PEV: In all your travels and having lived overseas, which city (International or US) do you think offers the best music scene?

DW: That’s a really tough question.  I’ll say that in general, the European audiences are much more excited to actually come out and see live shows, whereas a lot American fans like to sit in their rooms on MySpace to have their musical experience.  But there are so many bands doing interesting things in small cities that I couldn’t possibly say which is the best.  It’s always tough to beat Chicago though.
PEV: Who is currently in your CD player or on your iPod right now?

DW: Guided by Voices. New Kill Hannah demos and a band called the Holiday Costume…  At the moment.

PEV: Is there an up and coming band that you think we should all be listening to?

DW: I’m really excited that we have Innerpartysystem on this tour and I highly recommend checking them out live.

PEV: Having played with several elite artists in the business who would you wish to collaborate with that you have not had a chance to yet?

DW: I’d love to be produced by Daniel Lanois or Kevin Shields.

PEV: What do your friends and family think about your musical career?

DW: I think that they think it’s exciting… and I guess it is.  Sometimes it’s easy to forget that most people don’t necessarily have the opportunities that we have, like waking up in a different country every day.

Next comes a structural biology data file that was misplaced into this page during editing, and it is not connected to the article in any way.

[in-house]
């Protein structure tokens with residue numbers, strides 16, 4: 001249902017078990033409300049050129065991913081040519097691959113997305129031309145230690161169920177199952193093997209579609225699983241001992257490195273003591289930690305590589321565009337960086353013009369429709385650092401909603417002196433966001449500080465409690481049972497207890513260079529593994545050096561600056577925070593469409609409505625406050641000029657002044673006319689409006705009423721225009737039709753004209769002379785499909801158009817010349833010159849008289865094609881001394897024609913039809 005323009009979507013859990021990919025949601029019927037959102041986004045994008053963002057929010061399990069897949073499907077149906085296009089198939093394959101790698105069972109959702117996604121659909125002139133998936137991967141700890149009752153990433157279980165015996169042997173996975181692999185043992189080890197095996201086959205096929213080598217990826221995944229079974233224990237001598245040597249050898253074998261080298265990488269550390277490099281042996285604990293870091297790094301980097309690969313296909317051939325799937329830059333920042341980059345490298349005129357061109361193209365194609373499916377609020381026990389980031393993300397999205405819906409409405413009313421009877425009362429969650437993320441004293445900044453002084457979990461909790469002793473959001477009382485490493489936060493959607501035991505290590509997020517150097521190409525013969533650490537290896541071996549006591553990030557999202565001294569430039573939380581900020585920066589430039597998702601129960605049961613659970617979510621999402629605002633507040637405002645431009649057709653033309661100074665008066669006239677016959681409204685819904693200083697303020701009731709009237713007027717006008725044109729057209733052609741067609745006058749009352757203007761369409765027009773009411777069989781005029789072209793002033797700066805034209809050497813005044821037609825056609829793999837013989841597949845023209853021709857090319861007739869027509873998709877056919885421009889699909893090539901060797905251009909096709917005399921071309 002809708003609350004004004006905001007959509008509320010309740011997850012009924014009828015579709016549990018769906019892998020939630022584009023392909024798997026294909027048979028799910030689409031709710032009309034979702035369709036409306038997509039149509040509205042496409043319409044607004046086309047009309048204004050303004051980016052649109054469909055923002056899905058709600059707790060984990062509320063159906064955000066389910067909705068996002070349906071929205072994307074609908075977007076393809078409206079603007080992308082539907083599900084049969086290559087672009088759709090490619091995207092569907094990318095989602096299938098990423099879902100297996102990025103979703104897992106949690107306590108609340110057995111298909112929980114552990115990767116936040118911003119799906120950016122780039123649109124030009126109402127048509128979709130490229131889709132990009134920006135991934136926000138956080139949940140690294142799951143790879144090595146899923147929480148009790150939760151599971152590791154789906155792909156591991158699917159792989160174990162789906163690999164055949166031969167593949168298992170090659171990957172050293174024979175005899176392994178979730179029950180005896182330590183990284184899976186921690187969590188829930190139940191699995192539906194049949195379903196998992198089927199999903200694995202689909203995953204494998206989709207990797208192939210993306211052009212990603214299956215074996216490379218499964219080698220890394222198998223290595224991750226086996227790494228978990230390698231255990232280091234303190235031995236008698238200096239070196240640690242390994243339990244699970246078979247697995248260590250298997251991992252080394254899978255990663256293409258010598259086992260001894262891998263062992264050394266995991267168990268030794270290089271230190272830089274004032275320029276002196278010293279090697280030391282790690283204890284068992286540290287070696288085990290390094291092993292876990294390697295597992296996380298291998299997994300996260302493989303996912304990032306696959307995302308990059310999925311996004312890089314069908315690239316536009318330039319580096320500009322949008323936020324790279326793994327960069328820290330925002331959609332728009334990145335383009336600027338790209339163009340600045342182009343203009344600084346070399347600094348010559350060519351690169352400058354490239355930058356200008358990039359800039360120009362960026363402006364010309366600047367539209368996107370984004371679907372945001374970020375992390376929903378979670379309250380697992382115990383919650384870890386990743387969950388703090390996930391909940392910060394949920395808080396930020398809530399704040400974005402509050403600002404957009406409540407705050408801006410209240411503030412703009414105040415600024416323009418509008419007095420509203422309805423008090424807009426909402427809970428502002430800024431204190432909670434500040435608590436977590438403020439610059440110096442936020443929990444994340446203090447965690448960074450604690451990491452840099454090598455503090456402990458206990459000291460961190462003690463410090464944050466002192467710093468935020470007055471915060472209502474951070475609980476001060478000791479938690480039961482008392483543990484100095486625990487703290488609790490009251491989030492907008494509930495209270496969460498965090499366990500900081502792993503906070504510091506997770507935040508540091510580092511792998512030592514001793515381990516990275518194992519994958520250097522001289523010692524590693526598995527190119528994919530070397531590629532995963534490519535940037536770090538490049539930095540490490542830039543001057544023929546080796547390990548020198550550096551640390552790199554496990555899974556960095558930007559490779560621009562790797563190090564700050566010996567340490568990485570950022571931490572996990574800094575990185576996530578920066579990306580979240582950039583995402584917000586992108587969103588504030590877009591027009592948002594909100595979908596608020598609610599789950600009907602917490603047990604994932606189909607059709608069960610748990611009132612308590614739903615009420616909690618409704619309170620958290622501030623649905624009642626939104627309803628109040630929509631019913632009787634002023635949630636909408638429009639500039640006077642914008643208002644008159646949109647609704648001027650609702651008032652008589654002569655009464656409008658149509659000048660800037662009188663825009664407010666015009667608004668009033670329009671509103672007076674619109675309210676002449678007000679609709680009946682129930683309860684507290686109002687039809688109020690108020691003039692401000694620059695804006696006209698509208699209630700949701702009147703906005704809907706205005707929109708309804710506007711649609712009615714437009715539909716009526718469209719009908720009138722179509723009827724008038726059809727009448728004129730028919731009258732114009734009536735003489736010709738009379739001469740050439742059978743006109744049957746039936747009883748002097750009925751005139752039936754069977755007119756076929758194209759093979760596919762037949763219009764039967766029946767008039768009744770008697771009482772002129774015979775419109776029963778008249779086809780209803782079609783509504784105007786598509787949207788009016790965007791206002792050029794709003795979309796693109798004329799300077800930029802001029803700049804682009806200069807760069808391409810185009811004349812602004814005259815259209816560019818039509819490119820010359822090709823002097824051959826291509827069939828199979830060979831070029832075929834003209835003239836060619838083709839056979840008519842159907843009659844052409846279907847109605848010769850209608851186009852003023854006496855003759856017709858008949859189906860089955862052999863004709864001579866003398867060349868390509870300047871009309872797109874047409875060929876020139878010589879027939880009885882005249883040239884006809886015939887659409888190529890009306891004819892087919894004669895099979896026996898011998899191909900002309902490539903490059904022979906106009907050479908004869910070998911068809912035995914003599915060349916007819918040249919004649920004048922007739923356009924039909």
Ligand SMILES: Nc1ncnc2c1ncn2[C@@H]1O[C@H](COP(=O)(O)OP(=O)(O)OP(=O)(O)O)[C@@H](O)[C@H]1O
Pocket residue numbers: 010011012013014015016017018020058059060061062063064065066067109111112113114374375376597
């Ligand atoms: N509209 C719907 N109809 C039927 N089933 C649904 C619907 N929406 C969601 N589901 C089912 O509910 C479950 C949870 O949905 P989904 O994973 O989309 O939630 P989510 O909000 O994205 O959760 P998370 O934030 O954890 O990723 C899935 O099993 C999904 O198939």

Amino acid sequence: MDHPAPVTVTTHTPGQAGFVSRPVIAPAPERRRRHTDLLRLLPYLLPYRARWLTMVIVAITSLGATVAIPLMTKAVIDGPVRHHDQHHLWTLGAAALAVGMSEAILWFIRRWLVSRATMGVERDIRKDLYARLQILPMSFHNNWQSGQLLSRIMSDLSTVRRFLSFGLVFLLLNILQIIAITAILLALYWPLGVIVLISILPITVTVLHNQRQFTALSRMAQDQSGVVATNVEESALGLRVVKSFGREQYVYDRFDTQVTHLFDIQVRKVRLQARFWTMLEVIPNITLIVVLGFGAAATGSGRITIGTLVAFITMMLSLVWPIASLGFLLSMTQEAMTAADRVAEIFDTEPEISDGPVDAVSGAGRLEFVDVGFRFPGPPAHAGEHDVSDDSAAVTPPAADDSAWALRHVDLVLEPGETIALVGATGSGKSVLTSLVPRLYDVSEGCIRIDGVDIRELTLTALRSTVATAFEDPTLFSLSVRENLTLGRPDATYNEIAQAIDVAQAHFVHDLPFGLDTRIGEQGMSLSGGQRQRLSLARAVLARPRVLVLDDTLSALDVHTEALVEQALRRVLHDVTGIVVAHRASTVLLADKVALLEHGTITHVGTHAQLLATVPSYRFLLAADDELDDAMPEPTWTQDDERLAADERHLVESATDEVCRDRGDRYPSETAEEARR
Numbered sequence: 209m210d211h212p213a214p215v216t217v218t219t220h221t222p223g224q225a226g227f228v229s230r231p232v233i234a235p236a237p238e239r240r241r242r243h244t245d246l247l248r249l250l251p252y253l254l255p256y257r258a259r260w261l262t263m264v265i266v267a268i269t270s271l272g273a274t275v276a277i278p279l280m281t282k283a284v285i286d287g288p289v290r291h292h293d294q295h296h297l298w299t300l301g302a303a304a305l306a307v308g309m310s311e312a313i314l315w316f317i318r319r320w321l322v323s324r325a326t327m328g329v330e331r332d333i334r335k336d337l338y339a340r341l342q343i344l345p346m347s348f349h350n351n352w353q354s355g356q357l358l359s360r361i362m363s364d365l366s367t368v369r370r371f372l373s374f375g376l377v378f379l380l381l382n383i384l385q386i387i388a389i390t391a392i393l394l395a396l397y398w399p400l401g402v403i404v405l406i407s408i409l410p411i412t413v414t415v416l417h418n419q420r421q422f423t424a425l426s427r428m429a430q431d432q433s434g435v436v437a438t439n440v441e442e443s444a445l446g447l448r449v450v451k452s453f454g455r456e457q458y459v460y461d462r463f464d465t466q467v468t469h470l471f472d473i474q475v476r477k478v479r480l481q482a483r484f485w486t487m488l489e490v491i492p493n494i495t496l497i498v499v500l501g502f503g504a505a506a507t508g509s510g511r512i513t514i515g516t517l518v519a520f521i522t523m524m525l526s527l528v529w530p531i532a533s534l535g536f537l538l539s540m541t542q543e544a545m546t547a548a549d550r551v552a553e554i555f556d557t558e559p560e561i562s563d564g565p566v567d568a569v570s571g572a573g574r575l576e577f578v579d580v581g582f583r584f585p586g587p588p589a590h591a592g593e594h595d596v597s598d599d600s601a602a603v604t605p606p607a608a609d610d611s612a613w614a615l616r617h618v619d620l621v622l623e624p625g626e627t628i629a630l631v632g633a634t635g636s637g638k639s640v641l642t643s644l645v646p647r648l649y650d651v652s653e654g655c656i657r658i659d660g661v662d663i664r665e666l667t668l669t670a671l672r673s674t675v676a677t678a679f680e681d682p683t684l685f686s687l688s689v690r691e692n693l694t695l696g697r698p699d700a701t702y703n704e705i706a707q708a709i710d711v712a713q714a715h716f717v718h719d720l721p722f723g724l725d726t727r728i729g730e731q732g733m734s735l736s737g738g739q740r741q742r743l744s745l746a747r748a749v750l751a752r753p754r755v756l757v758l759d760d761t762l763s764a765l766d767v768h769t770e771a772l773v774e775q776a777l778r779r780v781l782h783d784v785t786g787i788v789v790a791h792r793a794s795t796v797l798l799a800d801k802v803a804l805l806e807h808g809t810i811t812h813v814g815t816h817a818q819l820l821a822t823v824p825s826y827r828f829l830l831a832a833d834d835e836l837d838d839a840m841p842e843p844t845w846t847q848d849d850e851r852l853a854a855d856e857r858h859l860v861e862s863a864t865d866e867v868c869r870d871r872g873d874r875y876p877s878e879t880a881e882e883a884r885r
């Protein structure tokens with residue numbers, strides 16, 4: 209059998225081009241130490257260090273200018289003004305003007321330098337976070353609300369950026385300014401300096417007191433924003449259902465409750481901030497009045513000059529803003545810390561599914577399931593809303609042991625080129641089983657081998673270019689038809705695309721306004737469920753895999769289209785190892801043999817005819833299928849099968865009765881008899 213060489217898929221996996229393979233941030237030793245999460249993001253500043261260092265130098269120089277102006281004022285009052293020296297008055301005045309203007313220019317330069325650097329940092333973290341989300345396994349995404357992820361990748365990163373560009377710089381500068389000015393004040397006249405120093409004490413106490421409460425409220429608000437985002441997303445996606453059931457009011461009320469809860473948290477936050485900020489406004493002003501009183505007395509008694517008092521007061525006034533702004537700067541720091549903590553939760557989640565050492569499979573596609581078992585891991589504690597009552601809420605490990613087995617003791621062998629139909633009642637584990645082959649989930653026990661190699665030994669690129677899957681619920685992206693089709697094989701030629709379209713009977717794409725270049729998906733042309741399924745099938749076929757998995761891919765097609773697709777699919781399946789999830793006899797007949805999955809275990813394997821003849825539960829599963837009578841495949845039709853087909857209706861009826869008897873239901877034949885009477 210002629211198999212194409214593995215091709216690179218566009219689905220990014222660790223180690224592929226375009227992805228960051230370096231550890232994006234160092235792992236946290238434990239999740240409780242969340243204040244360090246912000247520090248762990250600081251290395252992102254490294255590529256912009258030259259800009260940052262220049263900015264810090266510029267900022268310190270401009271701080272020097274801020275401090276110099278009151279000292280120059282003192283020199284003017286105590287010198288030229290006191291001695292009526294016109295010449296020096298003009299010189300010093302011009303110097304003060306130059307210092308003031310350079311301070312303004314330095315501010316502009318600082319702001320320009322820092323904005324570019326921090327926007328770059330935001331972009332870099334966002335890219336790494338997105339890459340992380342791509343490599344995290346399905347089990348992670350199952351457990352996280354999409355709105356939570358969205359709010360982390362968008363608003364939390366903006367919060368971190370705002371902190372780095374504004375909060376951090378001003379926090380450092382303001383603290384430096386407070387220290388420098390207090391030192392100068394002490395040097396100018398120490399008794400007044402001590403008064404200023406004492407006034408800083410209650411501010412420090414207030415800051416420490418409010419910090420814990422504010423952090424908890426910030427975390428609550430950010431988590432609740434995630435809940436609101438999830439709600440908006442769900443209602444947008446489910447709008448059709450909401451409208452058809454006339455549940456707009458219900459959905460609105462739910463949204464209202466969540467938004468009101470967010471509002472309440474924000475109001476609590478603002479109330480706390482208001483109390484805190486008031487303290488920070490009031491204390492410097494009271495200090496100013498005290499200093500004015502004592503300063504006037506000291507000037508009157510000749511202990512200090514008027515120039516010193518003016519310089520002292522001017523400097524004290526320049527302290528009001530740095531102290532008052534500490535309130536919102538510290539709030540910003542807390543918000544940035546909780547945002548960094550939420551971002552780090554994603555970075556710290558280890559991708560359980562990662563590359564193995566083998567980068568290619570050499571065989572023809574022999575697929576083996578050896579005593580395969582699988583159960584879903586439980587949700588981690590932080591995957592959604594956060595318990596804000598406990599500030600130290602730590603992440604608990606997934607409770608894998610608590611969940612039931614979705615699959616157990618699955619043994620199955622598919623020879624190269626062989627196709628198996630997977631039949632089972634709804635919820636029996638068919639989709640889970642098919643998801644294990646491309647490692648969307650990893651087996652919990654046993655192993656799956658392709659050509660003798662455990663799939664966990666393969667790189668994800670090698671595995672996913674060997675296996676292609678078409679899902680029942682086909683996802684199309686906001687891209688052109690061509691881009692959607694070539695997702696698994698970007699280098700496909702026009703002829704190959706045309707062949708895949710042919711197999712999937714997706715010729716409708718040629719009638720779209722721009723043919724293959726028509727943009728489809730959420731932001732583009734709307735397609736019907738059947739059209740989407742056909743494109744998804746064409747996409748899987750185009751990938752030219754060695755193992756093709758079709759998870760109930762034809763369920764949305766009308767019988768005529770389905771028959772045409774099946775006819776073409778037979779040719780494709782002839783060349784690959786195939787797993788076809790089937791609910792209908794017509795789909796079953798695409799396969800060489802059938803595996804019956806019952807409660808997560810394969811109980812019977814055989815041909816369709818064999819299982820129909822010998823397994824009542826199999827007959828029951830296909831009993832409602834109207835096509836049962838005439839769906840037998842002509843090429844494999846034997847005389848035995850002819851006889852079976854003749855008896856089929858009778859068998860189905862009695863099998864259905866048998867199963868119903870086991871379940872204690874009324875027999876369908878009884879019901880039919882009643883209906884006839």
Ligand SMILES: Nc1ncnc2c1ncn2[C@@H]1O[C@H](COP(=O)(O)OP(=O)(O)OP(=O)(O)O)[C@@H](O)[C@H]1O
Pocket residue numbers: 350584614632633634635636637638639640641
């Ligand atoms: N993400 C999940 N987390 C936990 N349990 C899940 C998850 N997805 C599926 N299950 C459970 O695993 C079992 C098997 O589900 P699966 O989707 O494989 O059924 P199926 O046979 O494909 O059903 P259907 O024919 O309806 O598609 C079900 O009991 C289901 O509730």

PEV: What has been the most memorable part of your career so far? Why?

DW: There are a lot of watershed moments, like hearing yourself for the first time on the radio or seeing yourself on TV, but ultimately I seem to take the entire experience as a whole… The Kill Hannah years – I like it that way.

PEV: What is one thing we’d be surprised to hear about the members of Kill Hannah?

DW: I think everyone in the band is very open, so what you see is what you get.  Although people probably don’t picture us having competitive tennis matches or fishing together, both of which we’ve recently done.

PEV: Where do you think the band will be in 20 years?

DW: That’s impossible to say.  I’d like to see us sitting on a porch somewhere drinking cheap beer and yelling at the little kids who step on the lawn.

PEV: What one word best describes Kill Hannah?

DW: “?.”  – That’s not really a word but it definitely describes us best.

PEV: So, what is next for Kill Hannah?

DW: Off to Europe, recording, and who knows?  The future is ours for the taking.

For more information on Kill Hannah, check out